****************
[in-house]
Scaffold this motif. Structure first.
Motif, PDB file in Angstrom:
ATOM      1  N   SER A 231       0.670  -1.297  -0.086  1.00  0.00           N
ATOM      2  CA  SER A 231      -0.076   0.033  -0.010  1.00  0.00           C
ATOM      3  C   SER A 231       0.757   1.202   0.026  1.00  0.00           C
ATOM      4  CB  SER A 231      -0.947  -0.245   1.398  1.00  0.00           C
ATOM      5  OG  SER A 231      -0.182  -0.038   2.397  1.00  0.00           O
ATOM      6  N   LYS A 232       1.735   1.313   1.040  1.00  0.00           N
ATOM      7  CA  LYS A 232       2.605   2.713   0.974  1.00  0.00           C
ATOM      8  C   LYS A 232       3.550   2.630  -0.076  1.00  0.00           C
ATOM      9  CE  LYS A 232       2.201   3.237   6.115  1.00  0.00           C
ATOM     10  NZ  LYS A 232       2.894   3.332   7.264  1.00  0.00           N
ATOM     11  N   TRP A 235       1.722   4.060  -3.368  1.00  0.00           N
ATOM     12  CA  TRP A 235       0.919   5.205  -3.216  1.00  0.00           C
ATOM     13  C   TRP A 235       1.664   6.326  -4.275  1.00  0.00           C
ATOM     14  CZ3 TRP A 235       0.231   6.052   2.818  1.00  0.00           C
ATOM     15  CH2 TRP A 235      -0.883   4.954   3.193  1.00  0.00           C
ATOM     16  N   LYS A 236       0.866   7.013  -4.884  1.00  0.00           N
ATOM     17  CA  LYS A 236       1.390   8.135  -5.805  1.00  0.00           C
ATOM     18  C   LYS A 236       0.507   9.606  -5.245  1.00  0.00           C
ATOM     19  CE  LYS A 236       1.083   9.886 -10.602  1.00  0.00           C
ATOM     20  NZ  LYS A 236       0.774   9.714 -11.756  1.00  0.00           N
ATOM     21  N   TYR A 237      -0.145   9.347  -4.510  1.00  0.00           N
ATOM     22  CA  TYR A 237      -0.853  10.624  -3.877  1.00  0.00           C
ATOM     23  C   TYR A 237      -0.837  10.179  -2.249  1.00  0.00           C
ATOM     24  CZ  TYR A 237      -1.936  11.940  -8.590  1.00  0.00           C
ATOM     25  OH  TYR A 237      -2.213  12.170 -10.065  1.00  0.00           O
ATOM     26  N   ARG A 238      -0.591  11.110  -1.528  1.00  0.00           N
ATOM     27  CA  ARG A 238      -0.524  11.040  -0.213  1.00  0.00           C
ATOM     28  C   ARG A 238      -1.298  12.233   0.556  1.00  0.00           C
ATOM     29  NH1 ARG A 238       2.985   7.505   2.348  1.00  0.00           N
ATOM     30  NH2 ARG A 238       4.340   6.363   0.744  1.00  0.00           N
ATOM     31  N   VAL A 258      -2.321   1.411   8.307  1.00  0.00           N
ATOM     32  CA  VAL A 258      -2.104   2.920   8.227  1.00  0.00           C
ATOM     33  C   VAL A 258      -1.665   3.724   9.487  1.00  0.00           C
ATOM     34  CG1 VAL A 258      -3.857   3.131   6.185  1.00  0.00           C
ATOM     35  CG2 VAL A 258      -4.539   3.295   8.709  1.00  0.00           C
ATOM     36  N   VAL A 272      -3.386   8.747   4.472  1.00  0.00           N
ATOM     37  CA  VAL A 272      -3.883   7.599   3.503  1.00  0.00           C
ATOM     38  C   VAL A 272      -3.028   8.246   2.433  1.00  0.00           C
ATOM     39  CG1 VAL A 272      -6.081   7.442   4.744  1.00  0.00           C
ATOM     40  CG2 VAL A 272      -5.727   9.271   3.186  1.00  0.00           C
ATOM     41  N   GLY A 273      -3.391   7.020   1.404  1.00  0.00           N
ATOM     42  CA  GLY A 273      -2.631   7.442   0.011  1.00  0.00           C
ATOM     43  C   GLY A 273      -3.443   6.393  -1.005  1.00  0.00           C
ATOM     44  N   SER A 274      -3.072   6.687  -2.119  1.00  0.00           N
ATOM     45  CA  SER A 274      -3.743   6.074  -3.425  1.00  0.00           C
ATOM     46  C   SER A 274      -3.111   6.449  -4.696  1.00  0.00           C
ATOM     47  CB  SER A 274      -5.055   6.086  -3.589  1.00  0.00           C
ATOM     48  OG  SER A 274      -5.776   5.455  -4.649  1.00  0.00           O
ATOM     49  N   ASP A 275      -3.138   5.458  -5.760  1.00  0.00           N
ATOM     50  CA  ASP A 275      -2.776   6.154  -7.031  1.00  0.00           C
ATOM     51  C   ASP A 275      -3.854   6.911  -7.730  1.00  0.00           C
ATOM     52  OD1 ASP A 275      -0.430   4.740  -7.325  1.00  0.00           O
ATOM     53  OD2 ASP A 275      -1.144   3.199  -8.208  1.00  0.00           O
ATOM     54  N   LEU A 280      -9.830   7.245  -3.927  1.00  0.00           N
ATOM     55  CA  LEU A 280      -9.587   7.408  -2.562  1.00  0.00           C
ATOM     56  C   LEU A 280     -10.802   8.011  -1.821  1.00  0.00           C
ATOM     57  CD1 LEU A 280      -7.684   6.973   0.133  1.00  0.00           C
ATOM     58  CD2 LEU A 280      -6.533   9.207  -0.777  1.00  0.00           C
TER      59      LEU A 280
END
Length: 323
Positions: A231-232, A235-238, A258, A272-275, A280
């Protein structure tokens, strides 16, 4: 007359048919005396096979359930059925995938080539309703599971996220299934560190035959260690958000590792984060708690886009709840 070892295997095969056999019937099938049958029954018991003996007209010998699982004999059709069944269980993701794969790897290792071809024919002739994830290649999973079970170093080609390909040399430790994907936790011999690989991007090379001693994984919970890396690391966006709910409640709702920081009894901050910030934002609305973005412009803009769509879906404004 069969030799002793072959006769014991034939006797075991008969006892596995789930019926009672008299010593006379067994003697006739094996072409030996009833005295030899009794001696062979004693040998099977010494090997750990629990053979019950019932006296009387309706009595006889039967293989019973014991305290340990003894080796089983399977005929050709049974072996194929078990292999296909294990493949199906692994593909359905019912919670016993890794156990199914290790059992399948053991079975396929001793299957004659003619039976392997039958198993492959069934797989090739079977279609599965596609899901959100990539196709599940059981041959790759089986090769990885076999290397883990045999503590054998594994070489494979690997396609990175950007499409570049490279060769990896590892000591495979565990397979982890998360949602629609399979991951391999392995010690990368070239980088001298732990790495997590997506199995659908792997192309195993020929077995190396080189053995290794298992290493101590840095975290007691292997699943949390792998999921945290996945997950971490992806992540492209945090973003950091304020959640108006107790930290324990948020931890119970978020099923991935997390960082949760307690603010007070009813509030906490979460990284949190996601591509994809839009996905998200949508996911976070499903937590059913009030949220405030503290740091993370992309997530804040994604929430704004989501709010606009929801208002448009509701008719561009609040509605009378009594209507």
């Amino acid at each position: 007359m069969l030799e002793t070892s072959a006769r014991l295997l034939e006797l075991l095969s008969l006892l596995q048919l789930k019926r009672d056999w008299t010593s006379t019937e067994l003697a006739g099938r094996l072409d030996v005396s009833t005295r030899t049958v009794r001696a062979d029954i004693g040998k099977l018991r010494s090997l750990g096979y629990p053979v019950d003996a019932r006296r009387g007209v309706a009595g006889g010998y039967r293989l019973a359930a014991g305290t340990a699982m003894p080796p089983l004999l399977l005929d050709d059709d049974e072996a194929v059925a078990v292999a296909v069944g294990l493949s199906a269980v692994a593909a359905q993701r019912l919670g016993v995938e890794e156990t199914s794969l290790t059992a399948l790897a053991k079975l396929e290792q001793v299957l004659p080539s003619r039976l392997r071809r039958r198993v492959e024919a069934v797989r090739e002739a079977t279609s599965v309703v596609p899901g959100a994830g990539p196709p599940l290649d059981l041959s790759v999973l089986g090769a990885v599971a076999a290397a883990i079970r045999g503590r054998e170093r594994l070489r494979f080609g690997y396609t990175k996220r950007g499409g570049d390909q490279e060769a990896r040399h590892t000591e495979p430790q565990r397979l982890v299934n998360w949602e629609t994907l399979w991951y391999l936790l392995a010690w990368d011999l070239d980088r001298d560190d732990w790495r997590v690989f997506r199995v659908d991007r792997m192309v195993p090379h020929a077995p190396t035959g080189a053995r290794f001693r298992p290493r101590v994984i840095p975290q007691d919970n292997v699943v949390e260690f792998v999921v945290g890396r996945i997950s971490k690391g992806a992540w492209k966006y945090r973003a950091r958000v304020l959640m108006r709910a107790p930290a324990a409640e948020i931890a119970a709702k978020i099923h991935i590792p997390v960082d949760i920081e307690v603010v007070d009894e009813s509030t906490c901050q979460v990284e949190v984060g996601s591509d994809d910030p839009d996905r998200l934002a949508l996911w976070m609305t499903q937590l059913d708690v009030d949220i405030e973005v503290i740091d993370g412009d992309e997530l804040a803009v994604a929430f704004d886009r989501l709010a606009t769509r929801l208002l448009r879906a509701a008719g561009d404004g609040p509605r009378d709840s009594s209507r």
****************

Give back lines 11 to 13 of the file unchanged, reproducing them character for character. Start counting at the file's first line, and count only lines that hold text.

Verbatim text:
ATOM      8  C   LYS A 232       3.550   2.630  -0.076  1.00  0.00           C
ATOM      9  CE  LYS A 232       2.201   3.237   6.115  1.00  0.00           C
ATOM     10  NZ  LYS A 232       2.894   3.332   7.264  1.00  0.00           N